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What's the holdup with Samsung Galaxy S4's Exynos 5 Octa version?

What's the holdup with Samsung Galaxy S4's Exynos 5 Octa version?
There's no doubt Samsung came up with a pretty fine chip developing the so-called octo-core Exynos 5 Octa mobile processor. It was announced at the CES expo back in January, at a presentation, which, while not an off-Broadway show like the S4 unveiling, was pretty high up their in visuals and celebs, and where even former President Bill Clinton took the stage to endorse Samsung's efforts in making the world a better place, one gadget at a time.

Exynos 5 Octa also turned out to be a rather powerful piece of silicon, besting every mobile processor currently on the market in synthetic benchmark tests, even the new Snapdragon generation by Qualcomm, which is powering phones like the HTC One or LG Optimus G Pro. Then why is Samsung not using it in its flagship Galaxy S4 more, despite that there is clearly a version of it with Exynos 5 Octa making the rounds in benchmarks and that will be sold in certain markets?

What's the holdup with Samsung Galaxy S4's Exynos 5 Octa version?

At first we thought it might be because of LTE compatibility. Qualcomm's processor are a veritable system-on-a-chip (SoC) endeavor, as they have the broadband radios built into the chipset, instead of tacked on later, like with the Exynos series. It is not easy to develop a compact and frugal LTE chip with all the filters to avoid band interference, and make it play well with the other elements of a mobile processor without affecting battery life more than needed. Qualcomm has mastered this process, making it a breeze for manufacturers to just leave the Texans take care of everything related to processing and connectivity, and focus on design and added features.

Samsung's mobile chip department, however, stated on Twitter last week that "the Exynos 5 Octa supports LTE and all 20 bands," nixing the 4G connectivity doubts in the bud. What we are left with after this statement is the previous speculation that Samsung just can't make enough Exynos 5 Octa processors to power all the tens of millions of Galaxy S4 sales that are expected to be realized, simple as that.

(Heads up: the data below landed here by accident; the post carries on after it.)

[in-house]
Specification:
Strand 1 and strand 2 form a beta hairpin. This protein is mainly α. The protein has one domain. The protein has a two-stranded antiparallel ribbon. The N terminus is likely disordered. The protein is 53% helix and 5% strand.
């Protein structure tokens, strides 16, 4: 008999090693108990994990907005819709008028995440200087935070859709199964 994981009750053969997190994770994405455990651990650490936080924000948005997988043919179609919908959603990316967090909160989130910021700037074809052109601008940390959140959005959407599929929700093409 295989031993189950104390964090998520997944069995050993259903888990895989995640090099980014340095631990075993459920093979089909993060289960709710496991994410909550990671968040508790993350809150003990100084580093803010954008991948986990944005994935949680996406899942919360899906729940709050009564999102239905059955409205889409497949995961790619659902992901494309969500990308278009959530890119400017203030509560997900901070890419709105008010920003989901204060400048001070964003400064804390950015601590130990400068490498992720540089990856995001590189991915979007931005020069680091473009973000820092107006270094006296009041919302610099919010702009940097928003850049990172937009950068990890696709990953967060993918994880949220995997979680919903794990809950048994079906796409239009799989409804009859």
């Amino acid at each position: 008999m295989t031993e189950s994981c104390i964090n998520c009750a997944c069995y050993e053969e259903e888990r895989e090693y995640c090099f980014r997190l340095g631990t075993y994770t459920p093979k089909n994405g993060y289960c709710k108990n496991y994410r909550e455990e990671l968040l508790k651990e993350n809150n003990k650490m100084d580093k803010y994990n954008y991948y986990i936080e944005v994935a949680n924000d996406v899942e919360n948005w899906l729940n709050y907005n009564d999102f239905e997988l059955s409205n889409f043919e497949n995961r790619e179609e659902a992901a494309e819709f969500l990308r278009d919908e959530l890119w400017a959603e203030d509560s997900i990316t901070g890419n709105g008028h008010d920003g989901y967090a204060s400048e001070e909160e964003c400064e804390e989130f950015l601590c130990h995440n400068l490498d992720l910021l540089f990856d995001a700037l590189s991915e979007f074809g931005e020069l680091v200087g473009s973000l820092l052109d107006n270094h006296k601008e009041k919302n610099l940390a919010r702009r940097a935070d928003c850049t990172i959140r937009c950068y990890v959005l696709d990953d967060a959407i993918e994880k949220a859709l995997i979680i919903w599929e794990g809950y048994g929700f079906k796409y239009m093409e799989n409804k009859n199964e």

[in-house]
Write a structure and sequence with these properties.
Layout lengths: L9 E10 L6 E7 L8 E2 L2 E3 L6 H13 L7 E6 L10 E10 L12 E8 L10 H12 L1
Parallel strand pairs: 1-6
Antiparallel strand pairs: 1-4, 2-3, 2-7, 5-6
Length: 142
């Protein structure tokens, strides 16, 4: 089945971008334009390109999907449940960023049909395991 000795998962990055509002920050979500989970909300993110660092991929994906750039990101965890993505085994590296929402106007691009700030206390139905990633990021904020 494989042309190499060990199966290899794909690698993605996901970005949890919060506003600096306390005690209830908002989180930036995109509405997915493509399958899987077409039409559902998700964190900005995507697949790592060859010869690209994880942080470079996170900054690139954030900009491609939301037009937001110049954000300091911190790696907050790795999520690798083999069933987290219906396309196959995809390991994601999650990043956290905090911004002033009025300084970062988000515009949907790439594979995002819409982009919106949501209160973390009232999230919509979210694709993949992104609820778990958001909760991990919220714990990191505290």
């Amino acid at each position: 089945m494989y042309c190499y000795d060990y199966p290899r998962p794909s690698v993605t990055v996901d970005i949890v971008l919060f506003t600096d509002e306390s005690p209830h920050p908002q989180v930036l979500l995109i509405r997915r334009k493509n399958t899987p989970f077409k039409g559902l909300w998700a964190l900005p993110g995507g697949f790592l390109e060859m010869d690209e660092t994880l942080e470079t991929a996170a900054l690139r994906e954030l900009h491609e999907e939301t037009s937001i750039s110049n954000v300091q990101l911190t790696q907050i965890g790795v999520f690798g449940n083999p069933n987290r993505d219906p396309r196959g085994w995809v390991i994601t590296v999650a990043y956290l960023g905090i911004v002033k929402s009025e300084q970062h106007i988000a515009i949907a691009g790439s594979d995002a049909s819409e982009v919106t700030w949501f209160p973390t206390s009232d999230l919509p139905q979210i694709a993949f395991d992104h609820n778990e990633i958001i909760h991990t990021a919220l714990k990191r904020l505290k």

What's the holdup with Samsung Galaxy S4's Exynos 5 Octa version?

What's the holdup? Well, it turns out that Samsung went with the simpler and cheaper way to design 28nm chips like the Exynos 5 Octa, called gate-first, while the competing foundry TSMC designed its production capacity with the harder to implement gate-last process, developed by Intel. The problem stems from the fact that gate-first might be easier to transition to, but gives yield problems later on, especially with complex SoCs, and that's exactly what seems to be happening with Exynos 5 Octa. 

What's the holdup with Samsung Galaxy S4's Exynos 5 Octa version?

Here's the more scientific citation, eventually explained by one of Samsung's chip customers in the Silicon Valley:

Gate-first HKMG is easier to implement as a transition from a traditional poly/SION structure. The construction of the gate and transistor remain the same, though the materials are different (i.e., a high-k gate oxide instead of oxynitride); a metal gate is inserted, and then poly on top of that—and the rest of the flow is "basically the same as previous generation structures." 

Gate-first also is "much simpler" to implement from a process migration standpoint in terms of IP implementation, and fewer restrictive design rules (gate-last requires CMP around the gate structure). "We can maintain 50% shrink from 45nm to 32nm because there's not as many restrictive design rules," Ana Hunter (VP foundry at Samsung Semiconductors) said. This makes the process particularly good for mobile applications, as it's cost-effective and "very good on gate leakage—a >100× improvement from 45nm to 32nm."

Long story short, it might be a while before Samsung ramps up enough 28nm yield for Exynos 5 Octa to be implemented on a broader scale throughout its portfolio of mobile gadgets. Granted, only performance geeks would care about the benchmark difference between the Snapdragon 600 and Exynos 5 Octa chips, as today's mobile processors are already more powerful than Android needs, but this little episode might be a hint that the touted 14nm and even 20nm chips that Samsung says it has tapped out already, might remain in the labs longer than we thought, of which the main beneficiary will likely be TSMC, exactly where Apple is heading to build its proprietary A6 and A7 chipsets.

source: DanielNenny (SemiWiki), CPUBoss & Maltiel-consulting

17 Comments
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posted on 01 Apr 2013, 05:18 4

1. _Bone_ (Posts: 2103; Member since: 29 Oct 2012)


Samsung did very well to get top notch performance out of the SD600 variant yet improve battery life at the same time, so I'm not too worried about the version differences. With the SD800 and Tegra 4 only coming out in the 2nd half of the year, whatever Galaxy SIV you get will lead the performance race, but more importantly, lead the endurance test in 5"-ers.

posted on 01 Apr 2013, 05:32

4. Berzerk000 (Posts: 3865; Member since: 26 Jun 2011)